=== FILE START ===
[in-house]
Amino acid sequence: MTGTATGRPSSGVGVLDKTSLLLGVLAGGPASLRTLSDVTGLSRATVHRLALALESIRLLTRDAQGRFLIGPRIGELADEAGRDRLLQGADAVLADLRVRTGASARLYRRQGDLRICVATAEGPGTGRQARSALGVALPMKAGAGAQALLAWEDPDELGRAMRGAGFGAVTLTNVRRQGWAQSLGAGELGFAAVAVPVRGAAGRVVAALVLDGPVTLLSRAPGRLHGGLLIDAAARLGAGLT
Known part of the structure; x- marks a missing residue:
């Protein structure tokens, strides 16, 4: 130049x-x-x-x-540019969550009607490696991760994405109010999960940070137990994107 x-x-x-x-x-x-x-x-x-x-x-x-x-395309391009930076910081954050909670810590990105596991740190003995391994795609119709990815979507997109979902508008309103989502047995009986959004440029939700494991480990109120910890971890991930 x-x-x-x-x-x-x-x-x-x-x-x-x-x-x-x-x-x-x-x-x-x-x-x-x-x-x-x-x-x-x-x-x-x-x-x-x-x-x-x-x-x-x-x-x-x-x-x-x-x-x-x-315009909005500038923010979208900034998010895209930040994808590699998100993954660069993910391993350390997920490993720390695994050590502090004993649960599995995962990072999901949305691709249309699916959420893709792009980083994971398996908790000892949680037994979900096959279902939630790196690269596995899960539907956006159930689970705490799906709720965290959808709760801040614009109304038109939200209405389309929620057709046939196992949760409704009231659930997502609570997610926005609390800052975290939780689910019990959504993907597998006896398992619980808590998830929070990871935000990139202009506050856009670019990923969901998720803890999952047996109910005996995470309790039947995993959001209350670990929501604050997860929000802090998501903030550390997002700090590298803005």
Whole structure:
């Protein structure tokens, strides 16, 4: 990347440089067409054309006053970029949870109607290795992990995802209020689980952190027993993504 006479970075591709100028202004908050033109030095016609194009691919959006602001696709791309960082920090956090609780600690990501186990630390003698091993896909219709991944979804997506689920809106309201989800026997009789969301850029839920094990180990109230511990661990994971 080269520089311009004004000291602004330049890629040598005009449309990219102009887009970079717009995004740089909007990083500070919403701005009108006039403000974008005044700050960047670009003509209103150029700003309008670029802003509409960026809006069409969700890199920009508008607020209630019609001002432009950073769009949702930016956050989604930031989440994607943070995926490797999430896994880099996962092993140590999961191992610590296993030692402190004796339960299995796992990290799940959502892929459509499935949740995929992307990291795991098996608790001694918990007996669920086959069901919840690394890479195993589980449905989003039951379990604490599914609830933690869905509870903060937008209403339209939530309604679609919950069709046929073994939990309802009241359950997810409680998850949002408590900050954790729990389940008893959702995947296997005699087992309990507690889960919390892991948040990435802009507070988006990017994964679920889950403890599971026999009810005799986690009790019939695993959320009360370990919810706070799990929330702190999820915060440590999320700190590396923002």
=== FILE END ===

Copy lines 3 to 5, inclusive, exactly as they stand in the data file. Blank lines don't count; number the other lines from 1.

Known part of the structure; x- marks a missing residue:
């Protein structure tokens, strides 16, 4: 130049x-x-x-x-540019969550009607490696991760994405109010999960940070137990994107 x-x-x-x-x-x-x-x-x-x-x-x-x-395309391009930076910081954050909670810590990105596991740190003995391994795609119709990815979507997109979902508008309103989502047995009986959004440029939700494991480990109120910890971890991930 x-x-x-x-x-x-x-x-x-x-x-x-x-x-x-x-x-x-x-x-x-x-x-x-x-x-x-x-x-x-x-x-x-x-x-x-x-x-x-x-x-x-x-x-x-x-x-x-x-x-x-x-315009909005500038923010979208900034998010895209930040994808590699998100993954660069993910391993350390997920490993720390695994050590502090004993649960599995995962990072999901949305691709249309699916959420893709792009980083994971398996908790000892949680037994979900096959279902939630790196690269596995899960539907956006159930689970705490799906709720965290959808709760801040614009109304038109939200209405389309929620057709046939196992949760409704009231659930997502609570997610926005609390800052975290939780689910019990959504993907597998006896398992619980808590998830929070990871935000990139202009506050856009670019990923969901998720803890999952047996109910005996995470309790039947995993959001209350670990929501604050997860929000802090998501903030550390997002700090590298803005």
Whole structure: